Maison Marou Chef
The Chocolate Savant
Stéphanie Aubriot grew up working in her family’s bakery and sweet shop, but her talent and drive quickly shot her to the top of France’s most cherished kitchens.
After years under pastry great Olivier Bajard, Aubriot travelled to England to work for the legendary MOF Michel Roux Snr.
In 2013, Roux sent Aubriot to Danang to create the most exquisite dessert menu Vietnam had ever seen. When she discovered Marou, Aubriot flew to Ho Chi Minh City to visit our farms. Then she spent a week tasting each of our single-origin chocolates.
In the end, she invited us to taste a signature chocolate plate arrayed on the wings of a brass airplane. She called it the Marou Traveller and hoped it would whisk diners somewhere special.
When the time came to open Maison Marou, we begged Aubriot to design our menu.
She happily agreed.
WHERE ARE YOU FROM?
I grew up in Nancy—a nice town with really bad weather.
Nancy has about 100,000 people, good universities, a nice history and some beautiful architecture.
My great grandfather started our family bakery here.
I grew up hearing that the baker was one of the most important people in the village. The mayor, the banker and the baker were the first to have cars, the first to have electricity.
WHAT’S YOUR EARLIEST MEMORY OF CHOCOLATE?
When I was young, I was allergic to chocolate. It gave me headaches.
Growing up, I watched my dad and my uncles make Easter eggs and things like that. I liked the smell; I liked the texture. But for me, it was never about gluttony.
I took pleasure in the kitchen, in making chocolate for others.
I loved the way tempering machines made infinity symbols as they spun. Nothing was more beautiful than that except, maybe, cream spinning into ganache, or the shine you find in perfect ganache…
Every Christmas, I got up early and worked, hard. Then I’d sit and watch people come into the shop and agonize over this one or that one.
I loved to give them advice. To help them decide how to feed eight people.
Eating is the last of the last steps. And the pastry chef is never there for that step.
DID YOU WORK IN THE KITCHEN EVERY DAY?
My great grandfather built the first family bakery and shop in his house; we lived like that for generations.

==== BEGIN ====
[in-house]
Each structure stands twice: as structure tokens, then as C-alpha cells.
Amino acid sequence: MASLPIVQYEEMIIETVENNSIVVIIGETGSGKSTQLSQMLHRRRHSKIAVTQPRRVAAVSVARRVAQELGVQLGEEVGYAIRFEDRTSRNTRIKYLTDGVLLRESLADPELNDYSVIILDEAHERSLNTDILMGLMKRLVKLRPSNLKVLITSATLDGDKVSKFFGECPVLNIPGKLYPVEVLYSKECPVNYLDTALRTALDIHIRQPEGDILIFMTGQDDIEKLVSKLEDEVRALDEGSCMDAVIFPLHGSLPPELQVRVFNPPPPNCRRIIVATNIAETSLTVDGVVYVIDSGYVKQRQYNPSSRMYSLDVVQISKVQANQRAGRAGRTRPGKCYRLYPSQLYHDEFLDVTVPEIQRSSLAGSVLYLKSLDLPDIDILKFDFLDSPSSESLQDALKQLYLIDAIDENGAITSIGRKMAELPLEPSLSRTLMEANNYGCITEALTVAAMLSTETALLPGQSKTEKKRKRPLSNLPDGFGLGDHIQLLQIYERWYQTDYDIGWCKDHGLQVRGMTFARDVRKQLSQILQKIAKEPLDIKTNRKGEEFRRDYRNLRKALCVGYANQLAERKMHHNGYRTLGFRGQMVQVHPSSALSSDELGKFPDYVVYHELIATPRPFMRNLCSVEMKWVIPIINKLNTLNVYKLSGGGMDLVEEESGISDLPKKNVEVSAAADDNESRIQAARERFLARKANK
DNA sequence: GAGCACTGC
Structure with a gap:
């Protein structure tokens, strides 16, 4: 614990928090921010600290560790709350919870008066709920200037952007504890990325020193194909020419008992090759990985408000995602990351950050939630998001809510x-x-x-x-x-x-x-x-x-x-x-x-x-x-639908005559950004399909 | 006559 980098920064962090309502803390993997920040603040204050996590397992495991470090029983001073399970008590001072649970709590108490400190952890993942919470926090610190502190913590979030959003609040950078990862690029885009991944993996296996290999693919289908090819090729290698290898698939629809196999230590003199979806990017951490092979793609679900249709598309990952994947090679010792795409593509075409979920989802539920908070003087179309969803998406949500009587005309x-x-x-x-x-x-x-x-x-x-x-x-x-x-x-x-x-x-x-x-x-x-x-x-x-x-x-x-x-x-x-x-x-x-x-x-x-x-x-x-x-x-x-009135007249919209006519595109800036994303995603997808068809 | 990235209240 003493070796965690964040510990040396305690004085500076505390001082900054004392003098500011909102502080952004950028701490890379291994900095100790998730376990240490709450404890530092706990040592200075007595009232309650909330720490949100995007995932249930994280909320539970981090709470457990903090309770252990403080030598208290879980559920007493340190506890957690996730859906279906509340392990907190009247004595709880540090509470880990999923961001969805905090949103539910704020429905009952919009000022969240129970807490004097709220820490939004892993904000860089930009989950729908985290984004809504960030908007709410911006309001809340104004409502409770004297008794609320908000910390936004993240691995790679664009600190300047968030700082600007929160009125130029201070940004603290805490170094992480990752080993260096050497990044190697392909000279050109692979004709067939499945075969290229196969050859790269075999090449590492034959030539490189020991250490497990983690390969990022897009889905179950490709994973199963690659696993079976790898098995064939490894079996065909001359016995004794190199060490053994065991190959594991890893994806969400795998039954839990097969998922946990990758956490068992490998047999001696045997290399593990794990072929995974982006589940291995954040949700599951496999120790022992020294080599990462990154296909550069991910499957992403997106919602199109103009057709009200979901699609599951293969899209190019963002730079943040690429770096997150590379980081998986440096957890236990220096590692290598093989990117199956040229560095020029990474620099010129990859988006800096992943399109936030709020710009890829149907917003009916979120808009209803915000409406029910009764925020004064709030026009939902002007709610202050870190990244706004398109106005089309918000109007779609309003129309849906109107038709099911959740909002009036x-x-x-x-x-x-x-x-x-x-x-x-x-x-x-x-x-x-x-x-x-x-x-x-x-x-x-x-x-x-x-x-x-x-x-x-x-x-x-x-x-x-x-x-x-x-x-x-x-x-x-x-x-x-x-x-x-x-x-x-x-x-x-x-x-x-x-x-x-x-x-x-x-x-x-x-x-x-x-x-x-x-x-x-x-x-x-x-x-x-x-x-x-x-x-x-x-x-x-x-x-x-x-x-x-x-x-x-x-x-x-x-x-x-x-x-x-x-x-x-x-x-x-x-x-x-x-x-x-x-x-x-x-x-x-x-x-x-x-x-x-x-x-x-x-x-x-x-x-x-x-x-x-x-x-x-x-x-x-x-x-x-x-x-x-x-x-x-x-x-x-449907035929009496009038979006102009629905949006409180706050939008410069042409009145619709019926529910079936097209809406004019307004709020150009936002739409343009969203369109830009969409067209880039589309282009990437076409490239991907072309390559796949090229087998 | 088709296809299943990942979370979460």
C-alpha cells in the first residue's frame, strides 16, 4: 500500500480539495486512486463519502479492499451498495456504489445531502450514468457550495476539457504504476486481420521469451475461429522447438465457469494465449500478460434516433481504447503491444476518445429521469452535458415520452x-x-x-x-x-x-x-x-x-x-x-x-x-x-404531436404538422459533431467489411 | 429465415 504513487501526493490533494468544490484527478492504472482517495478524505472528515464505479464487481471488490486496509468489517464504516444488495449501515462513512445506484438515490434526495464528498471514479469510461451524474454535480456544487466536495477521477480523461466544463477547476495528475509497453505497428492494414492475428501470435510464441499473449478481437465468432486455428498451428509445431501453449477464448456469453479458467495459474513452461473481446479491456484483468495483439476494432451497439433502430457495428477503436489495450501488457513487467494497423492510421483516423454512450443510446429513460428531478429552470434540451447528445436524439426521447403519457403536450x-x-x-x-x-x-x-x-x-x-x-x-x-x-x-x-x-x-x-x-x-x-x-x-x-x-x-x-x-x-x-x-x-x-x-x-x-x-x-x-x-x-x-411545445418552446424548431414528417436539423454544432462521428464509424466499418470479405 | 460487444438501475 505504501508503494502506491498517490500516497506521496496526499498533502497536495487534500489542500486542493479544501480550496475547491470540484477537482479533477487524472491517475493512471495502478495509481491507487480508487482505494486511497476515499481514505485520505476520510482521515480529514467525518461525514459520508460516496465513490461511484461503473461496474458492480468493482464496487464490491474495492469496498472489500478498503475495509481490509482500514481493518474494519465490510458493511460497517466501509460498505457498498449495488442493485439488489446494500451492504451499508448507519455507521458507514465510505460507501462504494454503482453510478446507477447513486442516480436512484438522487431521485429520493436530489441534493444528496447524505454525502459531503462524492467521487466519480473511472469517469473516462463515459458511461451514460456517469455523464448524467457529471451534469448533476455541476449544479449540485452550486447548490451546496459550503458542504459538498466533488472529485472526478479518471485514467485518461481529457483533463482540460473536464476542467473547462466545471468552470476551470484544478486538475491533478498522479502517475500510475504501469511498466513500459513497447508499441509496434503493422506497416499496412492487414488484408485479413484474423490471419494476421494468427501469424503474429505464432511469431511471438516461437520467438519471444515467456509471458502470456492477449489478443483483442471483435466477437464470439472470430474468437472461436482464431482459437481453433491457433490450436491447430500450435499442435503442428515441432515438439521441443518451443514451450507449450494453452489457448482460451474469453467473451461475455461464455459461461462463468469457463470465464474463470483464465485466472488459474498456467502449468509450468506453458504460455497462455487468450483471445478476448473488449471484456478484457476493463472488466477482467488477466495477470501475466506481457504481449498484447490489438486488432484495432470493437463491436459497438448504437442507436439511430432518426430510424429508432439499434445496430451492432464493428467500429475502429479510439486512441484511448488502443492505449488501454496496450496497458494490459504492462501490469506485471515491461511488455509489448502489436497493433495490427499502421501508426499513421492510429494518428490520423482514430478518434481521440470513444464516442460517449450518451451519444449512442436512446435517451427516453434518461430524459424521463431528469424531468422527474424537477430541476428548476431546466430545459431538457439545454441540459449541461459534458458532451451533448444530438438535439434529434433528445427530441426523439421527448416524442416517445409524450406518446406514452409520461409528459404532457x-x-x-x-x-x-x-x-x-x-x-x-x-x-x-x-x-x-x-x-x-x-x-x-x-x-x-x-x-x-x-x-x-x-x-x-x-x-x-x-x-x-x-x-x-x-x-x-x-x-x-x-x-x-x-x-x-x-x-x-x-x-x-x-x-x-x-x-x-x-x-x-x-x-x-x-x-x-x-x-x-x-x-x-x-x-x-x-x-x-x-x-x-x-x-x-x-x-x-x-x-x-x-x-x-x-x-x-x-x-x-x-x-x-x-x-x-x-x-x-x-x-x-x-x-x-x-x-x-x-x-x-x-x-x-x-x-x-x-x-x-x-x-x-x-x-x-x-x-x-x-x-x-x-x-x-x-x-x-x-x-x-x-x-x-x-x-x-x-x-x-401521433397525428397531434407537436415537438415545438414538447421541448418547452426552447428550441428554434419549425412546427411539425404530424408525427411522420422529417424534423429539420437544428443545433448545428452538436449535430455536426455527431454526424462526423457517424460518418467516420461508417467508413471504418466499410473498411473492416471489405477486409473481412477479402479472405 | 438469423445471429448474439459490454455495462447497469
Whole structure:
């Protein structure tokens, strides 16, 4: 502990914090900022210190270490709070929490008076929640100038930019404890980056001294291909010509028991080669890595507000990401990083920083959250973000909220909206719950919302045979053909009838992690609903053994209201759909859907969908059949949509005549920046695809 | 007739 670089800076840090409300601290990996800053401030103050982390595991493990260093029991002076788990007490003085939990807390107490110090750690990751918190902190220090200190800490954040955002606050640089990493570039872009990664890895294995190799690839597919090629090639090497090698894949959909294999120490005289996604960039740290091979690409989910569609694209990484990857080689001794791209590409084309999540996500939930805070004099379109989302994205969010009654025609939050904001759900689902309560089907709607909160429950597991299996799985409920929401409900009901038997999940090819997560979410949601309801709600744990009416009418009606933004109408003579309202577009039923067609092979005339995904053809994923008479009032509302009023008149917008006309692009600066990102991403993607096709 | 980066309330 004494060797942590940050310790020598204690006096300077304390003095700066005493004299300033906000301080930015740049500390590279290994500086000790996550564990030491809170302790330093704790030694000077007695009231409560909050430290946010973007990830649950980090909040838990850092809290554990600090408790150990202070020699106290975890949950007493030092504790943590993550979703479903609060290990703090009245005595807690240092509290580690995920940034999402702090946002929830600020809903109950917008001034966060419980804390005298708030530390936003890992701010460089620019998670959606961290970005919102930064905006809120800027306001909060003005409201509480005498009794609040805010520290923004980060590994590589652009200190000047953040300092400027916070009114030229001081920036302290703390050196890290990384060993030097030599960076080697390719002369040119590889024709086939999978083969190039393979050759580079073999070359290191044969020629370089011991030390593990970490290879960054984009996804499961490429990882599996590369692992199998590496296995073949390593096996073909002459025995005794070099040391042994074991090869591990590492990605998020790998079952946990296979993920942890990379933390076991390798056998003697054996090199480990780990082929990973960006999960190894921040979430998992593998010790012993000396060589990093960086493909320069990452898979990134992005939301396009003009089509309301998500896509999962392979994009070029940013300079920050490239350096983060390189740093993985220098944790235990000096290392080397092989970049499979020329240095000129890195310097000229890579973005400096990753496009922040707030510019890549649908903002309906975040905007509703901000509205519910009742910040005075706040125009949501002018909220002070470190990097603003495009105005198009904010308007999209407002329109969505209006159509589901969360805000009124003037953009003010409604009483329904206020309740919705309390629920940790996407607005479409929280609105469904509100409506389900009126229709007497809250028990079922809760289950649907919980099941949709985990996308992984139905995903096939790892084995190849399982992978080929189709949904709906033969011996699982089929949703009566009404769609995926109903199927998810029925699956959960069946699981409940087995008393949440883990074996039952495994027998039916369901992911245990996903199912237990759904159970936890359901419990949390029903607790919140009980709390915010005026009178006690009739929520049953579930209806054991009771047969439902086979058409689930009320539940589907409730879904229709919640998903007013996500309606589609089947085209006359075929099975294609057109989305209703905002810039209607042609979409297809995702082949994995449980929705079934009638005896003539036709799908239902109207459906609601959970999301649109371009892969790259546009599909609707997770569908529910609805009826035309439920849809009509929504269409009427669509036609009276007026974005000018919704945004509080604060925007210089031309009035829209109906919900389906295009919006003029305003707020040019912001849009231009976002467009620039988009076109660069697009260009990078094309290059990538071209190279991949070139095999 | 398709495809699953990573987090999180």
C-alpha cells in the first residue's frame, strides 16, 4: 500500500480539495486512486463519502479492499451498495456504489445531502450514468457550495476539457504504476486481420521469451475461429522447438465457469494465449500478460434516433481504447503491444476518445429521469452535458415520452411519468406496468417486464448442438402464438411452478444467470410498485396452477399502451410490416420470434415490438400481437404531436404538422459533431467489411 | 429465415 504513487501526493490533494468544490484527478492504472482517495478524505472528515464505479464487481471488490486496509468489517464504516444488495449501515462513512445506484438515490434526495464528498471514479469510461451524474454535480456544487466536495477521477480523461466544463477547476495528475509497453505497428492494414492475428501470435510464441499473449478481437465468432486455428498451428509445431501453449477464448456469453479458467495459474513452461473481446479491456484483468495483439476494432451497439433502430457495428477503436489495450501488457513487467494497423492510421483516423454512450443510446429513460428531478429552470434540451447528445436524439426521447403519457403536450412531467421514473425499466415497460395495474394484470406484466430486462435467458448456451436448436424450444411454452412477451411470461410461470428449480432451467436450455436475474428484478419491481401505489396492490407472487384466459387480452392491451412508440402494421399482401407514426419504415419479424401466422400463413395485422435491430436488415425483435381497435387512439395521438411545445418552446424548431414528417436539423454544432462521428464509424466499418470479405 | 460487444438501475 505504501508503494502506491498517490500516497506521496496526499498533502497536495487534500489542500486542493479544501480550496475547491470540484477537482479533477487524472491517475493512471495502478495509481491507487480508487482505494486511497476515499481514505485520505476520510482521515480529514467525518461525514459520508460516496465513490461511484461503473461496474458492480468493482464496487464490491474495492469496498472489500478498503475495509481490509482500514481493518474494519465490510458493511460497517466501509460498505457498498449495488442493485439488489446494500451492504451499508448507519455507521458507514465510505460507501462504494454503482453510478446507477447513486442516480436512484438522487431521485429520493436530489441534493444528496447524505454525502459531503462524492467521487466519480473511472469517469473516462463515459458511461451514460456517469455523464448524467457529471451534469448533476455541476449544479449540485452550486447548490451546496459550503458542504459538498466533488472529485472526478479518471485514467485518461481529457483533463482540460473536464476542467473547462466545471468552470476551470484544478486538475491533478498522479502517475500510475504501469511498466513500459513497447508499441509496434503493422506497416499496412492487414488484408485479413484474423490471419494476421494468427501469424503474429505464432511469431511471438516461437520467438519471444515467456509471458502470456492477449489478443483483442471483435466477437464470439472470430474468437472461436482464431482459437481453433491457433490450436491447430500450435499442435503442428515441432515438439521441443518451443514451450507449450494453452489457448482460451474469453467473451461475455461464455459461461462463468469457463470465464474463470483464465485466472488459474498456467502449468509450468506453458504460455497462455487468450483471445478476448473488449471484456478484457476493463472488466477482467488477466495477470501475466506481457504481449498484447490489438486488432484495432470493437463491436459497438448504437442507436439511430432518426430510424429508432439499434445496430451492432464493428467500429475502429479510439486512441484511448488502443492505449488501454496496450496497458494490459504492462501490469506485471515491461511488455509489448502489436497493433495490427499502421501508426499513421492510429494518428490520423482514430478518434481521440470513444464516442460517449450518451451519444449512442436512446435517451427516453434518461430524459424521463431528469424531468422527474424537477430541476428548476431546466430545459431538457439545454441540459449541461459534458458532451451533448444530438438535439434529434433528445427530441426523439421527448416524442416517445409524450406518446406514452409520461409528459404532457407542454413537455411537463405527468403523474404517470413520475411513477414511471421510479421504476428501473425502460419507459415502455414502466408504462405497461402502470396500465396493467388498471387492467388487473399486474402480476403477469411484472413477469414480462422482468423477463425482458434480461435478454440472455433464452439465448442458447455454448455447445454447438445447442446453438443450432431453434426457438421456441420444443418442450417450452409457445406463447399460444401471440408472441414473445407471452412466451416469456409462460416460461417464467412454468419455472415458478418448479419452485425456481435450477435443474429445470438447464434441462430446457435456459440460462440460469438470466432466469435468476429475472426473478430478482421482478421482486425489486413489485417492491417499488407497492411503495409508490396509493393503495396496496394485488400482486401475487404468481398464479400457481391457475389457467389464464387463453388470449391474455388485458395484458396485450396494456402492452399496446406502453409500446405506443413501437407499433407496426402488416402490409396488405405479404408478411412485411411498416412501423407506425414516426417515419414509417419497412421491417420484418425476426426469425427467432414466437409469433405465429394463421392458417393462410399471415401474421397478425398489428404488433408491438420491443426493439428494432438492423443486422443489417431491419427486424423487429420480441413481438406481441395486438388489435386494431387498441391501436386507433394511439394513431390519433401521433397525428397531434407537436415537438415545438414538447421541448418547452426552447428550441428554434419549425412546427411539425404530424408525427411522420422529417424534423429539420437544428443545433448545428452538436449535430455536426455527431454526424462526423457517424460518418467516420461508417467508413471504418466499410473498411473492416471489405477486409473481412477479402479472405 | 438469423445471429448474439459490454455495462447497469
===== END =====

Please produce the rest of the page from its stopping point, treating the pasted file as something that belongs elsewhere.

In 1980 my grandfather retired and my dad (the company chairman) and his two brothers decided to transform the house into a strictly-commercial building. I think they wanted some separation between their lives and their business. We lived five kilometers from the patisserie.
My dad never once assumed I’d come with him to work. I always had to ask. And he always said yes.
WHEN DID YOU HAVE TO START WORKING WITH CHOCOLATE?
I finished high school at 19 and began studying for a pastry degree. During that time, I apprenticed under my uncle who was a really strong man; it wasn’t easy studying under him. I cried so many times.
When I was 24, he decided to retire and began teaching me how to manage the place.
Then, at the height of the Easter season, he learnt he had cancer and died within a month. At this point, he told me: “Steph, you’ve got to work with chocolate. It’s the noblest ingredient in pastry.”
This was a really tough time for me.
All of a sudden, I had to taste all the chocolate myself. It demanded patience, meticulousness.
I didn’t even have time to study!
While learning to run the whole business, little by little, I got my taste for chocolate.
DOES THIS MEAN YOU DON’T LIKE EATING CHOCOLATE?
Look when you don’t feel well, you eat chocolate. When I don’t feel well, I make chocolate.
I cannot be angry; I cannot be stressed. I must focus.
When I feel bad, I go to my chocolate room and play with chocolate.
He’s one of my best friends. When I’m not patient with him, nothing works.
YOU WORKED FOR SOME LEGENDARY FRENCH MOFs. THEN, SUDDENLY, YOU FIND YOURSELF BUILDING A KITCHEN IN VIETNAM. WHAT WAS THAT LIKE?
I fell in love with Vietnam from the first day I arrived.
Here in the Socialist Republic, I feel freer than anywhere else in the world—I don’t know why.
The Vietnamese seem at peace with their story. The French came here for war, the Americans came here for war and no one cares today. I like Vietnam because it’s a strong country.
That said, it’s a country without a real dessert or pastry culture.
I remember during my first weeks at La Maison, I gave my staff pastry at the end of the day and they didn’t like it.
Little by little, they came to like that little moment after the service when we all ate pastry. It wasn’t just the pastry. It was pastry’s association with that great moment at the end of the day.
HOW DID YOU DISCOVER MAROU?
Michel Roux was really impressed with the chocolate.
When you don’t know Vietnam, you think: everything’s fake—same same but different.
But after a year here, I discovered you can find anything in Vietnam; you just have to look hard.
It would be stupid to say Marou’s ‘the best in the world,’ but what’s exceptional about Marou is its attention to detail.
Marou goes to each farm, selects each cacao bean and helps each farmer to be better.
Then you have a lot of people coming to Marou like me. We each offer a little of ourselves as ingredients and it all comes together to make something wonderful.